During the second test, the booster was traveling at a velocity of Mach 10 (6,300 mph; 10,000 km/h)[21] at an altitude of 80,000 meters (260,000 ft)[74] at the time of the high-altitude turn-around maneuver, followed by ignition of three of the nine main engines for the initial deceleration and placement onto its descent trajectory.[73] The "first stage executed a good re-entry burn and was able to stabilize itself on the way down. ... [The] landing in [the] Atlantic [ocean] was good! ... Flight computers continued transmitting [telemetry data] for 8 seconds after reaching the water" and stopped only after the booster went horizontal.[75]

The major modifications for the second booster controlled-descent test flight included changes to both the reentry burn and the landing burn as well as adding increased attitude control system (ACS) capabilities.[30]

SpaceX had projected a low probability of stage recovery following the flight test due to complexity of the test sequence and the large number of steps that would need to be carried out perfectly.[53] The company was careful to label the entire flight test as "an experiment".[76] In an press conference at the National Press Club on April 25, Elon Musk said that the first stage achieved soft landing on the ocean but due to rough seas, the stage was destroyed.[77][78]

Test flight 3

The third test flight of a returned booster was July 14, 2014 on Falcon 9 Flight 10. Whereas the previous test did its "soft landing" some hundreds of kilometers off the Florida coast, this flight aimed for a boost-back trajectory that would attempt the simulated ocean landing much nearer the coast, and closer to the original launch location at Cape Canaveral. Following the third controlled-descent test flight, SpaceX expressed confidence in their ability to successfully land in the future on a "floating launch pad or back at the launch site and refly the rocket with no required refurbishment."[79]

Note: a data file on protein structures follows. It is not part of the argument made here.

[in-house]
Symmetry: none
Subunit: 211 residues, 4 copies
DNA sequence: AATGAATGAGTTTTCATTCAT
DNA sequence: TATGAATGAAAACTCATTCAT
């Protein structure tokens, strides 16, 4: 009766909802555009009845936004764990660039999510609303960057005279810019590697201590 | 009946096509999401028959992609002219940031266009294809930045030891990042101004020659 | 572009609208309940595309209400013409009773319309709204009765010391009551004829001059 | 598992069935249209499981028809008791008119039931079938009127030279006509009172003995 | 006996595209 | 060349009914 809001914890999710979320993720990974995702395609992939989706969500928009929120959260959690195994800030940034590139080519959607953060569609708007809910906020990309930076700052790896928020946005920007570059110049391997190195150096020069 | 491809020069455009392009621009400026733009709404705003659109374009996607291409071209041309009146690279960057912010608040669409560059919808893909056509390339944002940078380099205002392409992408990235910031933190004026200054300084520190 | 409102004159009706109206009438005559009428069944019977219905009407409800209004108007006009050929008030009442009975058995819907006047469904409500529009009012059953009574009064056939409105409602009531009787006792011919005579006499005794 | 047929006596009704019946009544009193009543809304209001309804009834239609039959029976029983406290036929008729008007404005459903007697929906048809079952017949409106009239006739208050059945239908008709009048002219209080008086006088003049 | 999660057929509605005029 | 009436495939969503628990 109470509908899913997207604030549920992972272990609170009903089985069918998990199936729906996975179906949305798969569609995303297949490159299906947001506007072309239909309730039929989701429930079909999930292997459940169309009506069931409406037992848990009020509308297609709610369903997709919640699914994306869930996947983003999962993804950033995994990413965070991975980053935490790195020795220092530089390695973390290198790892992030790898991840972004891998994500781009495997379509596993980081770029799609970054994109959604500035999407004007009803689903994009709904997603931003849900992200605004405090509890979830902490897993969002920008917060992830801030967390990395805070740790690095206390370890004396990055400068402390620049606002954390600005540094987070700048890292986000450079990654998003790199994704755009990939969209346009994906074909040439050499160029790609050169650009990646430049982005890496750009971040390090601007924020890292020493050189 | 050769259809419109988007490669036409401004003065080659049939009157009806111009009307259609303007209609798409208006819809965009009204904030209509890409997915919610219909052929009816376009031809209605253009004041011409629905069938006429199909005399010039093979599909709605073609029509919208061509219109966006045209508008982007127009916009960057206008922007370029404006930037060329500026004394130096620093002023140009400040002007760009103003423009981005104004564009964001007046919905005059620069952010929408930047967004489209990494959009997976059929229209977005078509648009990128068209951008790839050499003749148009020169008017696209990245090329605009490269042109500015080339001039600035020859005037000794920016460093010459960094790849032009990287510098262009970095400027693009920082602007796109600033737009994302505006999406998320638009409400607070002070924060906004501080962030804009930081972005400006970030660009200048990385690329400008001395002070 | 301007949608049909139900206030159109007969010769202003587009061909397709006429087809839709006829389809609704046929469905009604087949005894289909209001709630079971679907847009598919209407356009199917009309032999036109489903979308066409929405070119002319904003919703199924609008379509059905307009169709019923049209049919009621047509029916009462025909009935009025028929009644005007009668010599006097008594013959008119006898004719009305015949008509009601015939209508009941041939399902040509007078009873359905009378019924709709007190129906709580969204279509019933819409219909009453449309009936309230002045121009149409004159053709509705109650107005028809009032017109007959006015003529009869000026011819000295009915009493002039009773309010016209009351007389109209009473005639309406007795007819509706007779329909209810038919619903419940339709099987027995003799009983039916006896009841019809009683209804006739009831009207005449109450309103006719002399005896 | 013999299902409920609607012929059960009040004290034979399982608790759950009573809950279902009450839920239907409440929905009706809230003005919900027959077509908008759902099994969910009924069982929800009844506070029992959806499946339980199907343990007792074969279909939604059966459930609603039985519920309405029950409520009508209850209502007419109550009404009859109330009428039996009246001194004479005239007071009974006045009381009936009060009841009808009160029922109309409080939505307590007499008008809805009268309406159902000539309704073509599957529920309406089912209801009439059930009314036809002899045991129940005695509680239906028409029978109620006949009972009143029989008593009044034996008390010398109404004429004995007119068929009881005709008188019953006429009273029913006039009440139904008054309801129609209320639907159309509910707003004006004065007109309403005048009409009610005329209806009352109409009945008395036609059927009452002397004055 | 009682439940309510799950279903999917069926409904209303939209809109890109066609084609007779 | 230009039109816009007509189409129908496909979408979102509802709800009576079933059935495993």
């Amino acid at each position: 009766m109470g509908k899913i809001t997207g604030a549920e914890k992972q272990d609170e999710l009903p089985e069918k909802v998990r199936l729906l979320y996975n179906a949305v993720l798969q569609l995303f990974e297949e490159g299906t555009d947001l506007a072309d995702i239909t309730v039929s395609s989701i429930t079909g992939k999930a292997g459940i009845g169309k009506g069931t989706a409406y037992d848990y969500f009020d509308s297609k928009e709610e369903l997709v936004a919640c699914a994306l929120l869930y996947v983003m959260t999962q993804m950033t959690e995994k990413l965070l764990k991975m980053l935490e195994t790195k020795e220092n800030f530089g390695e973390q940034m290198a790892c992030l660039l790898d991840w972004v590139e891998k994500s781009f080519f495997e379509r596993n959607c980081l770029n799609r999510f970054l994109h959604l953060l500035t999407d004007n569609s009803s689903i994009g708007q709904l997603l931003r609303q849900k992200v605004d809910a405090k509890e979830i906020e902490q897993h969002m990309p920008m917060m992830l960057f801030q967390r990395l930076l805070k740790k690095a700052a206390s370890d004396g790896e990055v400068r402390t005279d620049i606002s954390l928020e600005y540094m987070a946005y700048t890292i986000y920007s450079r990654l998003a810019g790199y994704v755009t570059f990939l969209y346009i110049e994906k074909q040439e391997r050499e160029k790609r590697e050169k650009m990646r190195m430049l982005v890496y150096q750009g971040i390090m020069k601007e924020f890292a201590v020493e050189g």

Following the booster loft of the second stage and payload on its orbital trajectory, SpaceX conducted a successful flight test on the spent first stage. The first stage successfully decelerated from hypersonic velocity in the upper atmosphere, made a successful reentry, landing burn, deployment of its landing legs, and touched down on the ocean surface. The first stage was not recovered for analysis as the hull integrity was breached, either on landing or on the subsequent "tip over and body slam".[80] Results of the post-landing analysis showed that the hull integrity was lost as the 46-metre (150 ft)-tall booster rocket body fell horizontally, as planned, onto the ocean surface following the landing.[79]

Test flight 4

The fourth test flight of a returned booster, with a planned water landing, occurred on Falcon 9 Flight 13 which was launched on 21 September 2014.[28] SpaceX has not yet announced the results of the test.

Solid-surface test landings[edit]

The fifth and sixth controlled-descent test flights are projected to attempt a landing on a solid surface, merging the lessons from the high-altitude envelope expansion of the first four controlled-descent flights over water with the low-altitude lessons of the F9R Dev testing in Texas.[28] As of July 2014, the flights were planned for Falcon 9 Flight 14 and Falcon 9 Flight 15, respectively. The "solid surface" was later revealed to be a barge,[79] but the barge has not been named, nor clarified as to whether it will be a jack-up barge or a floating barge.

Popular culture[edit]

The SpaceX reusable rockets have sometimes been referred to as a "Quest to Create a 'Buck Rogers' Reusable Rocket", after the 1920s–1950s comic book character Buck Rogers.[81][82]

References[edit]